HOME Technology Nov 2006
Digital TV expanding
Freeview and internet add to mix

Affordable higher speed internet, the arrival of free-to-air digital TV and partnerships between internet companies and content providers, are about to open up a bold new vista for home entertainment.

A major battle is being fought over who’ll programme the content we watch as we migrate from old analogue TV sets to widescreen digital monitors, subscribe to broadband and upgrade to DVD recorders and ‘media centre’ PCs.

The tools are now there to mix and match own home entertainment from a multitude of sources beyond the traditional TV model, and broadcasters and telecommunications providers are gearing up to meet that challenge.

While Sky TV has been digital for several years, the free to air channels operating as the Freeview consortium, are about to launch their own digital offerings. The government has granted TVNZ, Canwest, Radio New Zealand and Maori TV free access to frequencies to migrate to digital from April 2007, although initially they’re likely to do little more than replicate existing analogue channels.

Freeview will operate from the recently launched Optus D1 satellite and a terrestrial based digital network will also be developed over the next 18 months covering most of the country. Viewers will need a UHF aerial or satellite dish and a $200 decoder box to get access to digital channels.

Sky TV will also use the new satellite capacity to expand beyond its 90 plus channels, including pay-per-view, sport, gambling, movies and radio stations, delivering greater image stability than at present. The government expects 37 percent of viewers will be on digital free-to-air and 61 percent on pay television by 2015.

And the revolution will take another spin as unbundling enables speedier broadband access without the dreaded data caps that have previously made it impossibly expensive to deliver TV and movies over the internet.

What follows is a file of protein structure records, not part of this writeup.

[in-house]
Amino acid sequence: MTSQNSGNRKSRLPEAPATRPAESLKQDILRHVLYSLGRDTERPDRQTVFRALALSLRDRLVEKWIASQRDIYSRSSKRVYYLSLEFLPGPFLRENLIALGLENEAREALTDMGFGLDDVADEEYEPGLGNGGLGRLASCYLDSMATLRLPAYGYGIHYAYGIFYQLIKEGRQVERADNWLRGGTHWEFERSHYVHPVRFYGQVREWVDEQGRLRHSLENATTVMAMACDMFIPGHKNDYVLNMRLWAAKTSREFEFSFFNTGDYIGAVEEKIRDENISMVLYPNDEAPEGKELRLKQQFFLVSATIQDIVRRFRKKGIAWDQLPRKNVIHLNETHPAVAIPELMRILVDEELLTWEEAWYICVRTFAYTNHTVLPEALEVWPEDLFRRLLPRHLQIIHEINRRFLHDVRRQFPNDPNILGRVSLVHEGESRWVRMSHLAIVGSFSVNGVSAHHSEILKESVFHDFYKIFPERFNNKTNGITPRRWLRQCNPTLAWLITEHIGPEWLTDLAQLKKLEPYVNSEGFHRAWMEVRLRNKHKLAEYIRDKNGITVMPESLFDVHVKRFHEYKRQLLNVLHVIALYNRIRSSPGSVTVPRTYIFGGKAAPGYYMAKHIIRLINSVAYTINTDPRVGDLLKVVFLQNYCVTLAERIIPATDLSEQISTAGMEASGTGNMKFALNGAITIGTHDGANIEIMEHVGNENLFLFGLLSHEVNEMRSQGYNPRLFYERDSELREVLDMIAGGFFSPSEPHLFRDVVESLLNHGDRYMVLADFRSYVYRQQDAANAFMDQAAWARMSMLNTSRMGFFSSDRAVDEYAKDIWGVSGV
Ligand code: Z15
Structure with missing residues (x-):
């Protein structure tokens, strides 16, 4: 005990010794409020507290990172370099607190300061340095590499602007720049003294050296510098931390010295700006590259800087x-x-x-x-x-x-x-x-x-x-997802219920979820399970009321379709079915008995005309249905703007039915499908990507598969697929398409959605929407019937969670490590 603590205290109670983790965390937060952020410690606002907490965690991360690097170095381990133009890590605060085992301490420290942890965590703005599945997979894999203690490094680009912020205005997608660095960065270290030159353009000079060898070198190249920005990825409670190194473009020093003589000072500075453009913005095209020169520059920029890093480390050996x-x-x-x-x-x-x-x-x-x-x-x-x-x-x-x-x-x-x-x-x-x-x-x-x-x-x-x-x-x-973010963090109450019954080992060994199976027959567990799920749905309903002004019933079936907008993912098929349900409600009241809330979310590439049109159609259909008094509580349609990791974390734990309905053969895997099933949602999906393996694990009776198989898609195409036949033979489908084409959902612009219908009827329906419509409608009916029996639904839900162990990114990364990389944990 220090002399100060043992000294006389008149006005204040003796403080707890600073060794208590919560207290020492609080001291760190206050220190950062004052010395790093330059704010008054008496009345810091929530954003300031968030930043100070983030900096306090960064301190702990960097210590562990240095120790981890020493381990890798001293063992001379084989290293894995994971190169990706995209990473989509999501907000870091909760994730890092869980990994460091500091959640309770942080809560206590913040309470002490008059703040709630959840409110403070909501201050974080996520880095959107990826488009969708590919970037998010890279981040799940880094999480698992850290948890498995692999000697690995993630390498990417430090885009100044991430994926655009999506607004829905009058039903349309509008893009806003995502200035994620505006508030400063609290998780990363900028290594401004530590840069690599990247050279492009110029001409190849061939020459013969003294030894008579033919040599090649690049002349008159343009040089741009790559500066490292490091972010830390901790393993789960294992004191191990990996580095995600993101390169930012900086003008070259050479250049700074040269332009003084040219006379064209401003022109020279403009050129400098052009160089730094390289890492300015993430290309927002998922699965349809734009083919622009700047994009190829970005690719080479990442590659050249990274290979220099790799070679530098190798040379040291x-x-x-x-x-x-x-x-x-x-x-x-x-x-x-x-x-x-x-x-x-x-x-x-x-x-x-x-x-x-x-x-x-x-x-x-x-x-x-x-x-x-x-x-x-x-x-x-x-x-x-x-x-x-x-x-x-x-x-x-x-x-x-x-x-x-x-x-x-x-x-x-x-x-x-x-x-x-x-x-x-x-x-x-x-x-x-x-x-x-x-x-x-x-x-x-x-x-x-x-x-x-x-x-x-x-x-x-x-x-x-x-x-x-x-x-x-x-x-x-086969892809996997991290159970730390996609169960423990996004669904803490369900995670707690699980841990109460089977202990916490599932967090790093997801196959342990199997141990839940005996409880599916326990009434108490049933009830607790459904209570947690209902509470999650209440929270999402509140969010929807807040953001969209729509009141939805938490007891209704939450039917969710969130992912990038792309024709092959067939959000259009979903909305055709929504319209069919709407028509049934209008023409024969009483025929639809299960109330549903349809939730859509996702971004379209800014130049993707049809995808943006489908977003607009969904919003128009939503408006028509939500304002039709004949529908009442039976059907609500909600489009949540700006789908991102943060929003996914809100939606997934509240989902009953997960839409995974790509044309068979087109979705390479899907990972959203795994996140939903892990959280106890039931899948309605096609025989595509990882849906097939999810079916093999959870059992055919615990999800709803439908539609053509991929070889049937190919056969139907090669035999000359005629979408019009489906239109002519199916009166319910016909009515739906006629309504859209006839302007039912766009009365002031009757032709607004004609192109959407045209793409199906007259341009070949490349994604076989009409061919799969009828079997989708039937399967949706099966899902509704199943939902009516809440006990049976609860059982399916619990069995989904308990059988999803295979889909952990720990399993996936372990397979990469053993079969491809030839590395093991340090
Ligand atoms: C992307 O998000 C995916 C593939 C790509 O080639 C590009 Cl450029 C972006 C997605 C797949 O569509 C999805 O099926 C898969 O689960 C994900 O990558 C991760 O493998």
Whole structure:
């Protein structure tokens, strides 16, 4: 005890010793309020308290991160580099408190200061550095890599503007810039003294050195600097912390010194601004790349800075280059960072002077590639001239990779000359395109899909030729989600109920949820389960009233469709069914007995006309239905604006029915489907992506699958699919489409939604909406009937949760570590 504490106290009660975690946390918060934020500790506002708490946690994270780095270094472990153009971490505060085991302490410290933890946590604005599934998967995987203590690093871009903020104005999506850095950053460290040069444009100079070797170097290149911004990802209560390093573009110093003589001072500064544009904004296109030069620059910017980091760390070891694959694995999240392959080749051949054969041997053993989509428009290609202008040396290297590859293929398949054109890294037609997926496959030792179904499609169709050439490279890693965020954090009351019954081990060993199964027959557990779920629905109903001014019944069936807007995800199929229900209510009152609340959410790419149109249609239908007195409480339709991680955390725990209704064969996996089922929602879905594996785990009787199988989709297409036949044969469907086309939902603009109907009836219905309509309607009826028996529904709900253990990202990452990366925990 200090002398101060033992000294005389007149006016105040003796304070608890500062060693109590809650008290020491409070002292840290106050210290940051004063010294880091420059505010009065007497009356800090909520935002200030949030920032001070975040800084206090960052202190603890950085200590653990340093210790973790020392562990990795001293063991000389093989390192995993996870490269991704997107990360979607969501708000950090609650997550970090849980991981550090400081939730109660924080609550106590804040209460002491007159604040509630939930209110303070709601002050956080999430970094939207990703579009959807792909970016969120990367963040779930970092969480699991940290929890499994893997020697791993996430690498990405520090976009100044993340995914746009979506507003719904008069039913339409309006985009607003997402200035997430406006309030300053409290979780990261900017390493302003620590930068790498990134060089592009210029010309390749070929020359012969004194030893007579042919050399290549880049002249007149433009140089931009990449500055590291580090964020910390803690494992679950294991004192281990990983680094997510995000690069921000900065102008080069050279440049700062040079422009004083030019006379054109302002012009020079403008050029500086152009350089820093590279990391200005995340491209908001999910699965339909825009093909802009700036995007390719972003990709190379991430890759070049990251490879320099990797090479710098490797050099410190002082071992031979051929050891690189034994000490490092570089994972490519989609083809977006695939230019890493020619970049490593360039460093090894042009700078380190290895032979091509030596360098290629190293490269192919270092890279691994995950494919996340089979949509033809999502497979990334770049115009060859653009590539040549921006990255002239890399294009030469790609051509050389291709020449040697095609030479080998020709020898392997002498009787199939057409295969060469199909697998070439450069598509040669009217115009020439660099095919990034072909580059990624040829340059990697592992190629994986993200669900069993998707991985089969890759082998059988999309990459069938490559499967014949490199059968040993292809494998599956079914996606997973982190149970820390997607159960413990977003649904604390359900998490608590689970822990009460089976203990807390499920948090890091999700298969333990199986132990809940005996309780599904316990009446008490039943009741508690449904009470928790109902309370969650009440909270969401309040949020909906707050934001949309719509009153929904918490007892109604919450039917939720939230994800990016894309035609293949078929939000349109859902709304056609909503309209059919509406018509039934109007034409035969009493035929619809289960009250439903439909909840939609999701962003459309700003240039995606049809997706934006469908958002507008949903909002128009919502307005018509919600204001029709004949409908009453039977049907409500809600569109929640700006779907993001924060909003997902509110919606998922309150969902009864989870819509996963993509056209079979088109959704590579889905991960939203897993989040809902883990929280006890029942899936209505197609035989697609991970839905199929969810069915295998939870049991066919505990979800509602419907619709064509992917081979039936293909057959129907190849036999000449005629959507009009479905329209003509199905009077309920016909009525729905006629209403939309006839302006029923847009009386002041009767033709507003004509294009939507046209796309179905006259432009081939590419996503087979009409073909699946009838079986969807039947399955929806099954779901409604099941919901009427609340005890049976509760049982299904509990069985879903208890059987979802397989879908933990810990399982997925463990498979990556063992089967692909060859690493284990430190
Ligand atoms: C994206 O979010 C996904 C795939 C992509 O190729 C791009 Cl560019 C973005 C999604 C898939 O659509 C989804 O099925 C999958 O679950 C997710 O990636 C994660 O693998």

Telecom has been talking about this for some years, engaging in trials of IPTV with Microsoft and Sky TV, to selected areas that have fibre to the curb or DSL2 (up to 14Mbit/sec speeds) over copper.

Many ISPs already offer local TV news, music videos and short films, and users can legally download hundreds of TV programmes from offshore to their hard disks. So far though there are no local outlets for downloading movies or TV over the internet.

The possibilities are wide open for rich content to be commercially downloaded or streamed to users and Orcon Internet seems intent on proving that with a free streaming service. The country’s fourth largest provider, is first off the block with big content, streaming music channel Alt TV free, 24 hours a day.

Meanwhile Sky TV is currently investing $50 million transferring its archive of content from magnetic tape to computer disk. TVNZ is doing the same. They’re both involved with Telecom’s trials of Microsoft IPTV and are looking at set top boxes that will enable customers to have access to all these services. That could include calling up archived material on demand from both Sky and TVNZ’s digital libraries, and possibly the New Zealand Film Archive. This might be viewed on a pay per view basis.

The question remains, how many set top boxes and devices will you need beside your TV if you want to have Sky’s MySky decoder (60 hours of storage), Freeview and broadband internet channels as well as a stand-alone DVD recorder or PC-based media centre?

The other challenge has to do with the high definition standard now being deployed around the world and the compatibility of existing home entertainment equipment with this future mode of broadcasting due here in 2008.

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